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Friday, March 16, 2012

Nobody Puts This Baby in Any Corner, Not Even Usher!

Why is it that when I want to use the iconic 1987 film "Dirty Dancing" as a point of illustration, all the good videos have disabled embedding, which means that I can not easily include the video as a linkable image here?





 I fully believe in protecting Intellectual Property, but it only works against Lions Gate Films, the distributor of "Dirty Dancing."

 Oh well, that's not the point of this post...

 Here are some links to some clips of the great movie.

 Nobody puts baby in a corner:
http://www.youtube.com/watch?v=28A9Jgo92GQ

 The final dance scene:
 http://www.youtube.com/watch?v=WpmILPAcRQo


My point is, again thanks to trusty spin class that keeps me on my toes with new music, I get to hear a most atrocious tune entitled "Dirty Dancer" by Enrique Iglesias and Usher.  The only good thing about hearing this song that hit all sorts of charts in 2010 and 2011 is that it reminded me of the aforementioned 80s movie, produced on a skeleton budget and yet a blockbuster nonetheless.

Honestly?  Am I *that* old fashioned that I think this is awful and an embarrassment to the way popular culture has journeyed?  I was embarrassed when I saw the original "Dirty Dancing" with my mom in the movie theater, and obviously that level of bumping and grinding was peanuts compared to the near-porn that appears in the video below.  I present this video again only for pure illustration purposes (as in my previous post) and do not recommend watching it if you want to stay positive. I watched just a few seconds of the pole dancers to know that I'd had enough, but I guess it gives me pause to realize that in a couple of years when my children have free reign of their computer time they will be able to watch everything and anything.

Smartening up your children before they get to this narrishkeit and educating them as to what is good and what is not good to view is the key.




Check out Jennifer Grey's father, Joel.  Now, that's entertainment!





Thursday, March 15, 2012

Know Your Zosos from Your Ziljians

Everyone from Bob Lefsetz to your brother has lamented how bad the new music is today.  It doesn't take a rock star to come to this realization.

Ah, spin class, the trusty go-to for exposure to new music.  Spinning today to LMFAO's "Party Rock Anthem," which hit #1 on charts last year throughout Europe, the UK, the US, New Zealand and Australia, got me wondering:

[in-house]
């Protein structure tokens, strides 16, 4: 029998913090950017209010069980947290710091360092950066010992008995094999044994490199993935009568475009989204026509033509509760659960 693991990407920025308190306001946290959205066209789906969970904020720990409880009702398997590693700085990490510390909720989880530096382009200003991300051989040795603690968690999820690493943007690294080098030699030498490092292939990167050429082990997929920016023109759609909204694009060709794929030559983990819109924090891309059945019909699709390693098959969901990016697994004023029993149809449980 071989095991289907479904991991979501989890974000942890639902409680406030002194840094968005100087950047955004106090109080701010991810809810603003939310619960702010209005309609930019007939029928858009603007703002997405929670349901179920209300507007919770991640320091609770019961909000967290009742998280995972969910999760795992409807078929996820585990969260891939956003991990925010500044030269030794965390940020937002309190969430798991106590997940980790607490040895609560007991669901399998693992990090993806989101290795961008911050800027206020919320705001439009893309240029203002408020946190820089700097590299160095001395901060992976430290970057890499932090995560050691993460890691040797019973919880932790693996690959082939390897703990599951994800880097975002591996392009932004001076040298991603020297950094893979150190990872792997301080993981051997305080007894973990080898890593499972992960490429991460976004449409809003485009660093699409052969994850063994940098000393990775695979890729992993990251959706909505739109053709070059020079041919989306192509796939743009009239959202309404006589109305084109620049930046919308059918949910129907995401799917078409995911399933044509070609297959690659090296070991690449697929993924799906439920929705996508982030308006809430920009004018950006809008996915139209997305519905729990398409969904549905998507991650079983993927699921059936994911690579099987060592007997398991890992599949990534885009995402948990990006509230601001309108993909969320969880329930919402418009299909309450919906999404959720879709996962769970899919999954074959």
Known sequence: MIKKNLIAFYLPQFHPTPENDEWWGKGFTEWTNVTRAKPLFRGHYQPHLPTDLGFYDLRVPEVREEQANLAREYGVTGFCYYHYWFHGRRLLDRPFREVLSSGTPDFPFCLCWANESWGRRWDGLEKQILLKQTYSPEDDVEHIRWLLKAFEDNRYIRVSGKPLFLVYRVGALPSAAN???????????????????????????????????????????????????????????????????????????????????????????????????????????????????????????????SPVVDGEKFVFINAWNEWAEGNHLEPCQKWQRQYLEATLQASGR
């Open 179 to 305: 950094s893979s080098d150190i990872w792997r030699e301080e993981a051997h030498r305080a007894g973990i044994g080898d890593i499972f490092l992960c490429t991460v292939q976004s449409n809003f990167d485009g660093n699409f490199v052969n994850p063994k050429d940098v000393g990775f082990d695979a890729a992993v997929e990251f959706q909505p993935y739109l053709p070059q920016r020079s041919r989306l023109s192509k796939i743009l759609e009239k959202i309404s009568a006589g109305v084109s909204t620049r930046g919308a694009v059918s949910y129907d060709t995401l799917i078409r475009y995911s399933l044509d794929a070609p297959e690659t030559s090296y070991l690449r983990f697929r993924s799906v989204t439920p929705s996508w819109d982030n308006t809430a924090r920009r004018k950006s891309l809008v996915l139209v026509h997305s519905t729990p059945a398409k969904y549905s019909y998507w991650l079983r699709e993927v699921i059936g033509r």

What the heck is up this dreck?

The lyrics:  empty, offensive and below fraternity house antics.
The electronic beat:   catchy but gets annoying.
And the chutzpah to make a Zeppelin reference.
Where, exactly, is the skilled musicianship?
Nary a drum kit to be heard.
Oh, right, that is the definition of electronica.
And, shouldn't everyone in this tune be doing the Hollywood Shuffle instead?  Now, that is quality shufflin'.
The part that bothers me is the thought of the millions of kids listening to this as their early exposure to music.
Oy.


I don't even want to watch this video.
But for pure illustration purposes, here it is.




Ok, I do like to focus on the positive.  I appreciate the club kid influence as evident in some of the outfits in the video and the dude with the big fro's huge white glasses, reminiscent of Laura Biogottis from the 80s.  I like the acting in the beginning.  And, nice fancy steps at the end of the video.   That's about it.

Still, I continue to lobby for real music like Kashmir in spin class.
Robert Plant.  Now there's a rock star.




Then I can envision myself as Jennifer Jason Leigh in "Fast Times at Ridgemont High" and rock it out on the spin bike like it's 1982.

(they cut out at 2:00 when Kashmir comes on the scene.)
This scene is the reason why I bought Led Zeppelin IV on tape, one of my earliest music purchases.

And we all know that Kashmir ain't to be found on that album!
Oh, Cameron Crowe, the film's screenwriter, is a genius culture maker of my generation.




Good thing the Allmans let him tag along as a teenager.

It sounds so cliche to think it was all better when you were a teenager, but I do think that when it comes to music and popular culture, I was better off without the acronym and certainly the band LMFAO.